In case you were wondering properly manicured sheep don't have tails. They get docked as a baby so they appear clean and neat when they grow into show lambs. I remember my dad actually docking the lambs' tails with a knife but now they use tiny tight bands of rubber that are strategically placed as close to the tail bone as possible. A special applicator stretches out the band so it can be slipped over the tail, then pinch, the applicator leaves the band in place on the tail. Many weeks later the tail dies and falls off.
Another personal fact about show sheep is that they wear clothes. When the lambs are sheared and finely trimmed with surgical blades the shepherd wants to keep the lambs clean. So they are dressed in body forming spandex jackets that have five holes - one for each leg and one for the head. Then to protect the jackets they get coats of canvas-type material that have one hole for the head and then tie under their bellies. You'll see sheep in these at fairs and shows, not on a typical sheep farm. The spandex layers get pretty creative on some sheep. John refuses to use the tie-died colorful ones for some reason. Instead he prefers to color code the jackets by size. All the smalls are red and the larger ones are blue. Yes, the coats come in small, medium, large and extra large also.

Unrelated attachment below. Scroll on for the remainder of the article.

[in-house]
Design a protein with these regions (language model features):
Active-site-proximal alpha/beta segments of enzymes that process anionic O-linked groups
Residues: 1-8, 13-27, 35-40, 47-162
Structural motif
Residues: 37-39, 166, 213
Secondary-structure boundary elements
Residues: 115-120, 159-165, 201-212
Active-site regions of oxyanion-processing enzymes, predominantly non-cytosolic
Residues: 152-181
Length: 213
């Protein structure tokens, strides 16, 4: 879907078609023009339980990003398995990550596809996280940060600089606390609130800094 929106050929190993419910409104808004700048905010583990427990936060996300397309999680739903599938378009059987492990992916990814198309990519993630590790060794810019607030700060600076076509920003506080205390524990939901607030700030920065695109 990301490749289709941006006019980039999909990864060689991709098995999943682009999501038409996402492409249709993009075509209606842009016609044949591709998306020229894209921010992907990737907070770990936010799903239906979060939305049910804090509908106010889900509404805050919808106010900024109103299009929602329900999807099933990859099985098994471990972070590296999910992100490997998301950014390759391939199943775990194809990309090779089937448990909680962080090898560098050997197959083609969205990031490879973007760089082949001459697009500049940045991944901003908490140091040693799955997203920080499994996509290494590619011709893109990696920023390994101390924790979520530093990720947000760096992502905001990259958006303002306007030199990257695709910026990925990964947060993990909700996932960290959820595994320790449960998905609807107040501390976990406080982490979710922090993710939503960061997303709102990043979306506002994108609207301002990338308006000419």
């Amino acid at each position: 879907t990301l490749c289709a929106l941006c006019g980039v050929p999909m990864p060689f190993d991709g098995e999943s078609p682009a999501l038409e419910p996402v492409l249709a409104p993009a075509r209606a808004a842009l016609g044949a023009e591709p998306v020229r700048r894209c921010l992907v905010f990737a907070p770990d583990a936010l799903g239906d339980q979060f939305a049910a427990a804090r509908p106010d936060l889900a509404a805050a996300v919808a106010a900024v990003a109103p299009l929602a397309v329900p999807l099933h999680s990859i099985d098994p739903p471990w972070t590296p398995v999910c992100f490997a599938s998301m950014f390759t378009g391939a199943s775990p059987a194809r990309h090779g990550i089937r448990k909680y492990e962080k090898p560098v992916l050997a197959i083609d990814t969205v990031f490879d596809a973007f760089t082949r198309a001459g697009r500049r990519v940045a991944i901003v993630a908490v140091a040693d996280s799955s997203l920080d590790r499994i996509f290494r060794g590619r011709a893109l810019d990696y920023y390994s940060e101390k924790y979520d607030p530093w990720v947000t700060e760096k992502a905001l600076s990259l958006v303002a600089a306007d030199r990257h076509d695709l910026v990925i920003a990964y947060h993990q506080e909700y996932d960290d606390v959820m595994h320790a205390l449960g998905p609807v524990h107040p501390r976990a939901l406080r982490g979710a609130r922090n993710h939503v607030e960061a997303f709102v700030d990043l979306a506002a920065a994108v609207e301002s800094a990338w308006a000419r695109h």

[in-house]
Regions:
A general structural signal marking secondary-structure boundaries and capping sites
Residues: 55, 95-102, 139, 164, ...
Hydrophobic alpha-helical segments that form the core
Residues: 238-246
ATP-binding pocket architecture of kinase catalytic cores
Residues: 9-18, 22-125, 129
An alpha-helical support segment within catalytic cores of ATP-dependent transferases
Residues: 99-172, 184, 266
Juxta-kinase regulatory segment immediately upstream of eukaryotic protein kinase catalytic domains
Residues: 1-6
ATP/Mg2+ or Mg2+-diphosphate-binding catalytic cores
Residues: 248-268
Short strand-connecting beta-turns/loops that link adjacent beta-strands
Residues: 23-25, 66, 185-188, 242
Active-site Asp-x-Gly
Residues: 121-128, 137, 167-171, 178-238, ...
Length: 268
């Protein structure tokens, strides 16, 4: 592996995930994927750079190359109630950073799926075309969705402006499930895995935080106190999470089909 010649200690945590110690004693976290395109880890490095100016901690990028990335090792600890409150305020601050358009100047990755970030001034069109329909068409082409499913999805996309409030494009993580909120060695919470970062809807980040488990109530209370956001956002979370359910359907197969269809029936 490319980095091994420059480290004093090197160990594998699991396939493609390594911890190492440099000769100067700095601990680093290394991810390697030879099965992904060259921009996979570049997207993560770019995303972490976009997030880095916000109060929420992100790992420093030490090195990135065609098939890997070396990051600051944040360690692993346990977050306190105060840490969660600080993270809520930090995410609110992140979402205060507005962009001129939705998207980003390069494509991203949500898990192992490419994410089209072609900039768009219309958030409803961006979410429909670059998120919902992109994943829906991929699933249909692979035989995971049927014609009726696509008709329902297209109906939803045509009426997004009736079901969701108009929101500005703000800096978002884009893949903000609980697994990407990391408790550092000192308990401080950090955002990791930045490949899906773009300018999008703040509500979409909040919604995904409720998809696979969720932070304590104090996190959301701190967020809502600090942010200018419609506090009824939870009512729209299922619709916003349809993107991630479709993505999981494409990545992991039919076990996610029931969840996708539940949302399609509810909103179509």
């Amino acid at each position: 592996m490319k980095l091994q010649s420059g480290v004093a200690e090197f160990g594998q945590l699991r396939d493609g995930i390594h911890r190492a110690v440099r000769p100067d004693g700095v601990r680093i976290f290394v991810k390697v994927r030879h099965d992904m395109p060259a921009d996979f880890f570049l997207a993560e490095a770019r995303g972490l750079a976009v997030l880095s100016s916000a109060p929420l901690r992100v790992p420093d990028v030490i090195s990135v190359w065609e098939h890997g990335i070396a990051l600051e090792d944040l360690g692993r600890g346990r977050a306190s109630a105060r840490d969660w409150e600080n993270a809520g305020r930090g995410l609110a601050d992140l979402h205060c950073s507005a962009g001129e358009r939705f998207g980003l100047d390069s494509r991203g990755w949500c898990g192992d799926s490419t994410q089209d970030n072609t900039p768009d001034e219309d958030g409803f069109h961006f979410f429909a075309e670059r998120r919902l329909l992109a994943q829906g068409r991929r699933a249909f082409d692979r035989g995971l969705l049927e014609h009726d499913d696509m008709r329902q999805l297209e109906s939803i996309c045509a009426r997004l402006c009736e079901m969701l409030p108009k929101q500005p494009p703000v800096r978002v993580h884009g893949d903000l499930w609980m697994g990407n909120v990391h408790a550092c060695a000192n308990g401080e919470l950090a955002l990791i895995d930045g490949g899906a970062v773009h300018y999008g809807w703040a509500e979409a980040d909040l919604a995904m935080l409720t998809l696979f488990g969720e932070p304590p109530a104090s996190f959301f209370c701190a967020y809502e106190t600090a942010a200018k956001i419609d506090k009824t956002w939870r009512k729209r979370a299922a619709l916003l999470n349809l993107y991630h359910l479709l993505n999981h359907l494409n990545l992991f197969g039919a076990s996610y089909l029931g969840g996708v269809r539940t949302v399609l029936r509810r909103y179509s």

After a week at the county fair it was time to do the sheep laundry. Heaping mounds of dirty sheep laundry. I finished it up and the jackets and coats are now neatly folded and ready for the next time.
"I am the good shepherd; I know my sheep and my sheep know me-- just as the Father knows me and I know the Father--and I lay down my life for the sheep. I have other sheep that are not of this sheep pen. I must bring them also. They too will listen to my voice, and there shall be one flock and one shepherd. The reason my Father loves me is that I lay down my life--only to take it up again. No one takes it from me, but I lay it down of my own accord" (John 10:14-18 NIV).